Eucalyptus' are also know as 'gum trees' because of the sap that oozes from the bark of the trees. The Eucalyptus trees create a mist-like fog of grasses which are vaporised volatile compounds(terpenoids), and leave a blue haze over the forests.
A mature Eucalyptus can be a low shrub to some of the tallest trees(200+ ft). In general terms the trees are arranged into either Forest trees, Woodland trees, Mallees, Mallet, Marlock and Morrell types.
Eucalyptus leaves are covered with oil glands of which these oils are extracted by steam distillation. The essential oil extracted from the leaves contain compounds that are powerful natural disinfectants for both bodies and hard surfaces.
Marsupial herbivores such as koalas and possums are tolerant of such compounds as the eucalyptus is one of their main food sources. For koalas the compounds are the most important factor in leaf choices. The small oval leaves, usually seen in floral arrangements are from the young trees. The mature trees have the long narrow leaves, as shown in the picture above.
Eucalyptus globulus is the most common eucalyptus oil used in aromatherapy. A few others are also used such as E. smithii, E. radiata, E. citriodora and E. dives.
The Aboriginal peoples of Australia were the first to use eucalyptus leaves medicinally to treat fevers and infections. Used as a traditional remedy in Australia for respiratory problems such as asthma, bronchitis and croup. For asthma the leaves are smoked for relief.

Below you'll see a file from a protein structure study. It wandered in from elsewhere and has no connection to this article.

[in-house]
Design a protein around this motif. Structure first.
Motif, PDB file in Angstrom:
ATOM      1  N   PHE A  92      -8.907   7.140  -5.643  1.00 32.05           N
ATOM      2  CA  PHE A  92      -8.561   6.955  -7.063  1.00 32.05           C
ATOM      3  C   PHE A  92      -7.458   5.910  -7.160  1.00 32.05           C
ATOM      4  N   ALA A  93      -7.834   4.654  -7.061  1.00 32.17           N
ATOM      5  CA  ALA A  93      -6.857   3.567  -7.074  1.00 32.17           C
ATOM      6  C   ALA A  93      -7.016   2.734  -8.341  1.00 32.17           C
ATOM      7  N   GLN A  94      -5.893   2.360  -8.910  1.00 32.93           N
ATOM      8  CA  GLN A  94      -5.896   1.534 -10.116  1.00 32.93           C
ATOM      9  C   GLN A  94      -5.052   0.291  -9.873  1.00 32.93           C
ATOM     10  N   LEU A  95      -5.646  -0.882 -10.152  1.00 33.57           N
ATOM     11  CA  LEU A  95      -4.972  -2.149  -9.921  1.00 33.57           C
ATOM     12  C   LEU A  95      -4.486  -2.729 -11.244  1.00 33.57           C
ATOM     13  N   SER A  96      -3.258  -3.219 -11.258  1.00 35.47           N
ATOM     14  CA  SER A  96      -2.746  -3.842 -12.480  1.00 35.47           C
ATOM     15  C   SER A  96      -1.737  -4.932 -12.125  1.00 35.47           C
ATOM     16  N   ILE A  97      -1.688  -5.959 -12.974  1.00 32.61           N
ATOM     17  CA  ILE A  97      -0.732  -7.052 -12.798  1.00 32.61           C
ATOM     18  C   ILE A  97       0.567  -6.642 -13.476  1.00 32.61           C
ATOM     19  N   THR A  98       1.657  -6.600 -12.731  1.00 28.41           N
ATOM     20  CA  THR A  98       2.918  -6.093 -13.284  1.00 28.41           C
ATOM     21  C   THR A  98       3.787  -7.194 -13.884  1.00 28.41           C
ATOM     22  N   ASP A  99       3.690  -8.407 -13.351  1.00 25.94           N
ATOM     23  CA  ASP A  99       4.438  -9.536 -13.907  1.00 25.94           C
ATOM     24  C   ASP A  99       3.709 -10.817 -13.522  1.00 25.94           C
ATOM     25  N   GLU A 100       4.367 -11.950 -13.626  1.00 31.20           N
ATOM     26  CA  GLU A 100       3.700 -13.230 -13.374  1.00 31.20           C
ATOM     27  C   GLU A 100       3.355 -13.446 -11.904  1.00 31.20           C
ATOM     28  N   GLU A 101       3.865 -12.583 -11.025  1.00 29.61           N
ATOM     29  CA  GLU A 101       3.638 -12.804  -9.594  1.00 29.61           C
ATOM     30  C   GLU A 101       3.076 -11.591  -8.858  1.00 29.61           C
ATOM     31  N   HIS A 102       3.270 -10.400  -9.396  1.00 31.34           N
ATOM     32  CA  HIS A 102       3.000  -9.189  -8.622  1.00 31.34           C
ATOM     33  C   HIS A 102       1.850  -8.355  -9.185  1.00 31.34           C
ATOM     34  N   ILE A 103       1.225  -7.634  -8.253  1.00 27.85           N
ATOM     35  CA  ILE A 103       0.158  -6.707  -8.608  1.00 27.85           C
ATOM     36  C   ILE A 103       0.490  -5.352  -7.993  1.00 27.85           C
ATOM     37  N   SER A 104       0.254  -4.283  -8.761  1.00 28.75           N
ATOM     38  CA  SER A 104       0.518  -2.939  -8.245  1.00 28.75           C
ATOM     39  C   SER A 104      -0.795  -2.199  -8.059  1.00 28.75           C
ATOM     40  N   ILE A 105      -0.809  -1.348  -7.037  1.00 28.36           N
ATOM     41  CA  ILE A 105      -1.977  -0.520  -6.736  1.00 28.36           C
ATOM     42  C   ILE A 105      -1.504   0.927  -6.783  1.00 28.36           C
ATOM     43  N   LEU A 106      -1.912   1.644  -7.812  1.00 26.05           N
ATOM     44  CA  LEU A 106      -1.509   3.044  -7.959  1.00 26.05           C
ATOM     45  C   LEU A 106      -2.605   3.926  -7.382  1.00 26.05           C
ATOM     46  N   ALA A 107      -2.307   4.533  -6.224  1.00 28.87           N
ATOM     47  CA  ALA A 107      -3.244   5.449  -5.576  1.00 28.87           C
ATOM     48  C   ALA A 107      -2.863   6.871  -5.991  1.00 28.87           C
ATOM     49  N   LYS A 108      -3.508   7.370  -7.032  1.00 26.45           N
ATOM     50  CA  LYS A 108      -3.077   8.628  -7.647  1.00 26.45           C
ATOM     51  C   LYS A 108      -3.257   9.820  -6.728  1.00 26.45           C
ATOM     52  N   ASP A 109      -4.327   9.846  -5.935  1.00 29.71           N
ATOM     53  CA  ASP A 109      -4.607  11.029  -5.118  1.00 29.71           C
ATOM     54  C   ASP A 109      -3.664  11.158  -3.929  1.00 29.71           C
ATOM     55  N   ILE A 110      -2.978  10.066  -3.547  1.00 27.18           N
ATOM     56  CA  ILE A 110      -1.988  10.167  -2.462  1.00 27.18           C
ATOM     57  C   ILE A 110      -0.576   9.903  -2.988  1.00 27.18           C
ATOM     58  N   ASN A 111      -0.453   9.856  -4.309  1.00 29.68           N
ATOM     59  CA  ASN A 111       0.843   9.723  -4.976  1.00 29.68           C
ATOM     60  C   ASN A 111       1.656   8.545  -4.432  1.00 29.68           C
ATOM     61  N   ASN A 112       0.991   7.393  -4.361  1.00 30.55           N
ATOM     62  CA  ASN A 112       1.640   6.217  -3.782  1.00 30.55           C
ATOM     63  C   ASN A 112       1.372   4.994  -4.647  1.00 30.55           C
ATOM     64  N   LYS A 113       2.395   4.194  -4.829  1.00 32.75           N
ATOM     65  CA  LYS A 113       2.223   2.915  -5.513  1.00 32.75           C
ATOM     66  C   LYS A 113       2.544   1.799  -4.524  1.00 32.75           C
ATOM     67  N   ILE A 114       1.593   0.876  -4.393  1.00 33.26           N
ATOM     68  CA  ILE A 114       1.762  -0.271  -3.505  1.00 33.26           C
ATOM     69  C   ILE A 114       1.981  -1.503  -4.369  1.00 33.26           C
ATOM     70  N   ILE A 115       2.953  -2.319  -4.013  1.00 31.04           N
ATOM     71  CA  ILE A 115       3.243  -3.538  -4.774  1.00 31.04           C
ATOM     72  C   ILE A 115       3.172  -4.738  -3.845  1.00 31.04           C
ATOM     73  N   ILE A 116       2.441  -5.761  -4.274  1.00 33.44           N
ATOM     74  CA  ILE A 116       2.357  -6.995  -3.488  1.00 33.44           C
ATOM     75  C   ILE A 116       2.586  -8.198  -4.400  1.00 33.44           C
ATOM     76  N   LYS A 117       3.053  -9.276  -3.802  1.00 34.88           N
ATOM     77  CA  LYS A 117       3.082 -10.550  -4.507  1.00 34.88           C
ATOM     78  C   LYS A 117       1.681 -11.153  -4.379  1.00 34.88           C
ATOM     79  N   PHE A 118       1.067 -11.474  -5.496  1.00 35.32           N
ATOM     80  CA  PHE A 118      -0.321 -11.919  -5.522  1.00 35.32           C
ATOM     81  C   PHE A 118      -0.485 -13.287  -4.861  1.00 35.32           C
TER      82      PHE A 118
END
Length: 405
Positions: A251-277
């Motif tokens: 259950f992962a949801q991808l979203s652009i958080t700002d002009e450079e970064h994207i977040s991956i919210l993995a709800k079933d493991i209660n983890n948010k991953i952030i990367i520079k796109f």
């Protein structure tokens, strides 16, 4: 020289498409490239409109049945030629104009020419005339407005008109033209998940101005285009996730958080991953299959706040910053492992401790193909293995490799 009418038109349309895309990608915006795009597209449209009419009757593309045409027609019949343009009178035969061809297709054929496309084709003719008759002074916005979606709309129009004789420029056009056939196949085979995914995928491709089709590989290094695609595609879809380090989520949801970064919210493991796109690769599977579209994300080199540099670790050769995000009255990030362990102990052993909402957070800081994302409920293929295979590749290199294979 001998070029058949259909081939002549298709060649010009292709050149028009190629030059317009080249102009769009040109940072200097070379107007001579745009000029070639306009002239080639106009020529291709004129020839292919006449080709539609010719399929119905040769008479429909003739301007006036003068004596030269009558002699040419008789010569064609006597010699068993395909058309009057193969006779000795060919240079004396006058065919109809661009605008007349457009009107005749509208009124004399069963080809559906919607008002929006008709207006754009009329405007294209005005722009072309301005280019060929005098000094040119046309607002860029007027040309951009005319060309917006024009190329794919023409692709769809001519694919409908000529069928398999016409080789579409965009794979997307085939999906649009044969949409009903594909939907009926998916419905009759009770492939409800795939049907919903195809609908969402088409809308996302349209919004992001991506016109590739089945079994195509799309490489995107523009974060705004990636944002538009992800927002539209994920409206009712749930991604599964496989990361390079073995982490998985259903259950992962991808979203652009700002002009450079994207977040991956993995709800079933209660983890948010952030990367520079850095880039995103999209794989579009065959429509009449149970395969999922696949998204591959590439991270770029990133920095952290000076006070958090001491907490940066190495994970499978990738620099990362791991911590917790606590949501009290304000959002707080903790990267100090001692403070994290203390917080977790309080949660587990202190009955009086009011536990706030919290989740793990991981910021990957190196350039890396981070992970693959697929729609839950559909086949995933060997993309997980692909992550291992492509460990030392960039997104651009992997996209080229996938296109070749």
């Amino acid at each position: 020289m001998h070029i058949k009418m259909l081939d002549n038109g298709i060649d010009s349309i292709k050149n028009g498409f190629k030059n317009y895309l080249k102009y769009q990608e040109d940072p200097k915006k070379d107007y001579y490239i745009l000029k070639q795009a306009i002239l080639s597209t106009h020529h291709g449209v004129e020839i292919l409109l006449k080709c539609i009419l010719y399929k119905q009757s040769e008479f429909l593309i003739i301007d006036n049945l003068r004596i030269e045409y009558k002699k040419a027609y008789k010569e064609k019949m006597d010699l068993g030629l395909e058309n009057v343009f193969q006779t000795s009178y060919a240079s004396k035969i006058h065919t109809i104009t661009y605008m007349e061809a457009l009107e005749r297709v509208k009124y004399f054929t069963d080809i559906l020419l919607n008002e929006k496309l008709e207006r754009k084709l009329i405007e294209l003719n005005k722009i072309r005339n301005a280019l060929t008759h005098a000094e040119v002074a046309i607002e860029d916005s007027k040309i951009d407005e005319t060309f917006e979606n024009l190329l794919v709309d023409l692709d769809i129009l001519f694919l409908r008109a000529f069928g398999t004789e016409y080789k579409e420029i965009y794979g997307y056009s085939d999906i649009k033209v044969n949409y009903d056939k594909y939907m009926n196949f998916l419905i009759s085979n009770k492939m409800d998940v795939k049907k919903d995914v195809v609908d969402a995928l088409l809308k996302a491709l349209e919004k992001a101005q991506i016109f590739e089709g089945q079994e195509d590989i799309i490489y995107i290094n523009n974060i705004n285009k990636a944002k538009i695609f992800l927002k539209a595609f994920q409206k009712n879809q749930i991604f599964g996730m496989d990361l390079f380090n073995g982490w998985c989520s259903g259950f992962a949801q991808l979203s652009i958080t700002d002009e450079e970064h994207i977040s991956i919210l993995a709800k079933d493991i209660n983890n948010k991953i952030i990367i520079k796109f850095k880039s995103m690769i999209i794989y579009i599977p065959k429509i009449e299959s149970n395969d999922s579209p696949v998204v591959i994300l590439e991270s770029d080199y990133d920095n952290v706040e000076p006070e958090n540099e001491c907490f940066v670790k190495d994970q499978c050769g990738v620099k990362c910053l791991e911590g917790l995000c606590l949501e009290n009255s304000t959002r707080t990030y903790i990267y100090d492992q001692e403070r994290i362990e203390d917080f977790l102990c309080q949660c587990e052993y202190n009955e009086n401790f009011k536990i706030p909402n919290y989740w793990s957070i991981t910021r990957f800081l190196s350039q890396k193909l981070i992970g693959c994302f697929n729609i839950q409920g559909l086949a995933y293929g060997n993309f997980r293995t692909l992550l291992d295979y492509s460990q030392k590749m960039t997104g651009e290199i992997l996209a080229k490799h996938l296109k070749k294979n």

Eucalyptus has analgesic, antineuralgic,antirheumatic, antiseptic, antispasmodic, antiviral, balsamic, cicatrisant,decongestant, deodorant, depurative,diuretic, expectorant, febrifuge, hypoglycemic, parasiticide, prophylactic, rubefacient, stimulant, vermifuge and vulnerary properties.
Some of the areas eucalyptus is used for are: for skin care- burns, blisters, cuts, herpes, insect bites, insect repellent, lice, skin infections, and wounds. For muscle, joints andcirculation: muscular aches and pains, poor circulation, rheumatoid arthritis, sprains & more. For respiratory- helps with asthma, bronchitis, catarrh, coughs, sinusitis, throat infections. For genito-urinary system- cystitis, leucorrhoea. For the immune system- chicken pox, colds, epidemics, flus, measles. For the nervous system- debility, headaches, neuralgia.
Eucalyptus essential oil needs to be mixed into a carrier oil before applying to the skin. It can be used in a diffuser, just add 3-5 drops in a little water in your diffuser. This is a good oil for use in a sick room, to help with breathing and general all over healing.
Remember, do not apply essential oils to the skin without the advice of a qualified Aromatherapist and never ingest essential oils. Always seek the advice of your doctor to diagnose, and a qualified and certified Aromatherapist for information on essential oils.